Philipp von Hanstein

County Commissioner Philip von Hanstein worries that the Rivian development will set a precedent for surrounding property owners currently zoned agricultural to seek rezoning for housing and commercial uses in the future.

The Morgan County Board of Commissioners (BOC) voted unanimously to approve a moratorium extension, banning all rezoning requests for the five-mile radius surrounding Stanton Springs North, where Rivian Automotive is planning to build an electric vehicle manufacturing plant.

Morgan County Planner Chuck Jarrell requested the extension, asking to wait until the new Morgan County Comprehensive Plan is finalized before considering any rezoning requests for that area. While no official requests have been filed, when news broke about Rivian setting up shop in Stanton Springs North, the planning department received numerous phone calls inquiring about rezoning opportunities.

“We were hoping to have a final draft and adoption of the comp plan before the moratorium ended,” said Jarrell. The moratorium was slated to end on Tuesday, May 3. “We respectfully request that we extend the moratorium for an additional six months to get the adoption of the new comprehensive plan to better determine what the appropriate zoning should be for that area,” said Jarrell.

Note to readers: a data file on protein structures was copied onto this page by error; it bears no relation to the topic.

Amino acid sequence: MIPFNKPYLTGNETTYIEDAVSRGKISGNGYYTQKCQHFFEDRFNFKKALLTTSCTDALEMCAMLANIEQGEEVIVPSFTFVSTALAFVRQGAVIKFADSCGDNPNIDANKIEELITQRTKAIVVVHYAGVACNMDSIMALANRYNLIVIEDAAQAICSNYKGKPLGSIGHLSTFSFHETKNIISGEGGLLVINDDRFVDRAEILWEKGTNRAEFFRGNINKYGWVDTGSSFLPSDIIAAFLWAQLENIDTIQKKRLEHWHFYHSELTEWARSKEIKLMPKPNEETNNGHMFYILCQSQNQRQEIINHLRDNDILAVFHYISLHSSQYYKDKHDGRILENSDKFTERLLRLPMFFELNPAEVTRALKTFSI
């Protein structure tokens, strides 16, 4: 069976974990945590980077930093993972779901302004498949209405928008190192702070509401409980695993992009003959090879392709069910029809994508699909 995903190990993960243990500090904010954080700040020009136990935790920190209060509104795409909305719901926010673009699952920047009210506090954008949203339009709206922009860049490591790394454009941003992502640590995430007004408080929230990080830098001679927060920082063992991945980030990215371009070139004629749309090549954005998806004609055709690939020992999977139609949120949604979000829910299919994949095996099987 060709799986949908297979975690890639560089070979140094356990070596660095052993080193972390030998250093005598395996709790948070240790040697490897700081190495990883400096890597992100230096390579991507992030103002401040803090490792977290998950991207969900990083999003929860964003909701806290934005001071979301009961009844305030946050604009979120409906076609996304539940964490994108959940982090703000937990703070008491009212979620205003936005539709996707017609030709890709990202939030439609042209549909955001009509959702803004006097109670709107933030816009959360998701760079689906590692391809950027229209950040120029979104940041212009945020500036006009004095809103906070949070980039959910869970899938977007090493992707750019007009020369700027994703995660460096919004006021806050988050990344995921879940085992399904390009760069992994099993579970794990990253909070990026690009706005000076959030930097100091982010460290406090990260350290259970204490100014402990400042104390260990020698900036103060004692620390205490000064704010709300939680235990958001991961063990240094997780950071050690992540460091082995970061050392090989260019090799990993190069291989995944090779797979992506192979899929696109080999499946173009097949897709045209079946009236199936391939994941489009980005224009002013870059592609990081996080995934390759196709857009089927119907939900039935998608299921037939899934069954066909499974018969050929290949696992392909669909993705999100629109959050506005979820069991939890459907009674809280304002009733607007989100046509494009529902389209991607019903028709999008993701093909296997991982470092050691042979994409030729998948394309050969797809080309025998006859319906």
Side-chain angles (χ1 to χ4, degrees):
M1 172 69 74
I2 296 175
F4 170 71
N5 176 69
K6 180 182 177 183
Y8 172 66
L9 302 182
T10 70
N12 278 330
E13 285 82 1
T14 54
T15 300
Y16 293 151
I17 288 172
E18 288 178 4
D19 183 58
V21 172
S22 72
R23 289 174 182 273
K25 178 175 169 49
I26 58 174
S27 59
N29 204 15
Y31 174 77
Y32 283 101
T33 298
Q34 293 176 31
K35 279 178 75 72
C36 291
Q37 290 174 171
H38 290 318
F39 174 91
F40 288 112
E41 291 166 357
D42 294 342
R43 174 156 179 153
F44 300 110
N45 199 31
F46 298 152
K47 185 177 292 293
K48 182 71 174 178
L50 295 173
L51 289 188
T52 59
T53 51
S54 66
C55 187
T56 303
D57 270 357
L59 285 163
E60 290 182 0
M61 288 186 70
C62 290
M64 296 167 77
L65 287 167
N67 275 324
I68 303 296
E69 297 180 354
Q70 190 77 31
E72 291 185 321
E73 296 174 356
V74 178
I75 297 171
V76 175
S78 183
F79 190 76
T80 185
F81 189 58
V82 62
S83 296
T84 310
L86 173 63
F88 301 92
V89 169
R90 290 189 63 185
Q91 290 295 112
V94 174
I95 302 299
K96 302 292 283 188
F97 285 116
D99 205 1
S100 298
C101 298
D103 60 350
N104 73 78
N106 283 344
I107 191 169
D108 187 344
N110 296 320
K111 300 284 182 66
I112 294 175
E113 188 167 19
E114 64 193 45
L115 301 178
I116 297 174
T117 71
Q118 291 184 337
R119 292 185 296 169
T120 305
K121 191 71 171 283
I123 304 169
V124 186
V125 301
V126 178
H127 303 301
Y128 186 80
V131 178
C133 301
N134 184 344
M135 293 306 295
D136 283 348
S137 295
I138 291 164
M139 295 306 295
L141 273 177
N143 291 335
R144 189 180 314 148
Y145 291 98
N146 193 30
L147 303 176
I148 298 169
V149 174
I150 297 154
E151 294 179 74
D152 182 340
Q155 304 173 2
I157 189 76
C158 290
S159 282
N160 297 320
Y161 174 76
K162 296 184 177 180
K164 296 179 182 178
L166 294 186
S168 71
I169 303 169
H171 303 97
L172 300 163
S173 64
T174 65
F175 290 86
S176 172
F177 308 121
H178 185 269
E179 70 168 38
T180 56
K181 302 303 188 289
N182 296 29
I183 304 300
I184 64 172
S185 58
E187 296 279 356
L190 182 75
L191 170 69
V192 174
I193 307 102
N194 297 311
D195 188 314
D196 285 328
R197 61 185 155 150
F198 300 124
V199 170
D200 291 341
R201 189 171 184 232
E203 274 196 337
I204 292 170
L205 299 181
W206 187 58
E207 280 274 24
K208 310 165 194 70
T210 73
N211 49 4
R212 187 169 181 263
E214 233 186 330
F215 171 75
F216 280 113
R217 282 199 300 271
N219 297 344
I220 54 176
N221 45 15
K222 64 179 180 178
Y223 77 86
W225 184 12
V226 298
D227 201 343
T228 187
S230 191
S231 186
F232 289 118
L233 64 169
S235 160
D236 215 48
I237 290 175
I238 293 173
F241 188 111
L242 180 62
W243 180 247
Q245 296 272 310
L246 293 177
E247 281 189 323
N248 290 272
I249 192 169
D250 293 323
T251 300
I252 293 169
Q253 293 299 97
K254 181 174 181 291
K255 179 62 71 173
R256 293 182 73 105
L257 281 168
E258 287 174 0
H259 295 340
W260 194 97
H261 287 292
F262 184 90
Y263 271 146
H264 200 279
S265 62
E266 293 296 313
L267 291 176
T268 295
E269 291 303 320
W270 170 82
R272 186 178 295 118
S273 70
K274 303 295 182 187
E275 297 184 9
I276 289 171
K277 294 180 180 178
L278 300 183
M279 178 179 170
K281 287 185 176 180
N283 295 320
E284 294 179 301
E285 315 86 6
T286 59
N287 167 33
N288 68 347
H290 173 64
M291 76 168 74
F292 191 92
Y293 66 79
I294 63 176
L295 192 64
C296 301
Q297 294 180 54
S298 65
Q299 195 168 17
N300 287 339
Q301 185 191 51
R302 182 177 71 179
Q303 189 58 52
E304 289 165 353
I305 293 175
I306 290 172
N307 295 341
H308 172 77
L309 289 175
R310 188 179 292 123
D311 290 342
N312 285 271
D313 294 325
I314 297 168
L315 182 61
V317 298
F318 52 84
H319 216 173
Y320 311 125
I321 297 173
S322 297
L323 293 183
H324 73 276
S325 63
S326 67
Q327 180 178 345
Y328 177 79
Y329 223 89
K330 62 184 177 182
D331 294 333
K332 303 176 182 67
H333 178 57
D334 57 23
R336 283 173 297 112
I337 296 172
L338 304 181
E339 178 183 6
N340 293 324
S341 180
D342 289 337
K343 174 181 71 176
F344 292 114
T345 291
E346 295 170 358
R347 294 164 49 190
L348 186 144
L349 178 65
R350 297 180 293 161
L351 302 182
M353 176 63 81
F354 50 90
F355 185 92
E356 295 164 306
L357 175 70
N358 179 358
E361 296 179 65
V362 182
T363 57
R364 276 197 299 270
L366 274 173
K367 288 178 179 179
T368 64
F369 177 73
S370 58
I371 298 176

The rezoning moratorium does not apply to the Rivian site, only the five-mile radius surrounding the Morgan side of the 2,000-acre property, which will be owned by the State of Georgia.

County Commissioner Philip von Hanstein was concerned that the industrial nature of the Rivian project would set a precedent for nearby landowners hoping to capitalize off their properties.

“Since it’s industrial right next to it, does it set a precedent?” asked von Hanstein. “Even though it wasn’t rezoned in the county because the state superseded this thing, could it still set a precedent?”

“Yes,” answered Jarrell.

To stave off some of those requests, Jarrell believes the moratorium will buy the county some time while finalizing the comp plan, which will identify appropriate zoning recommendations for the surrounding parcels of land.

“A lot of people are knocking on our doors,” said Jarrell when he first proposed the moratorium six months ago. “We want to stop them from rezoning until we really get our arms around what is happening out there with Rivian.”


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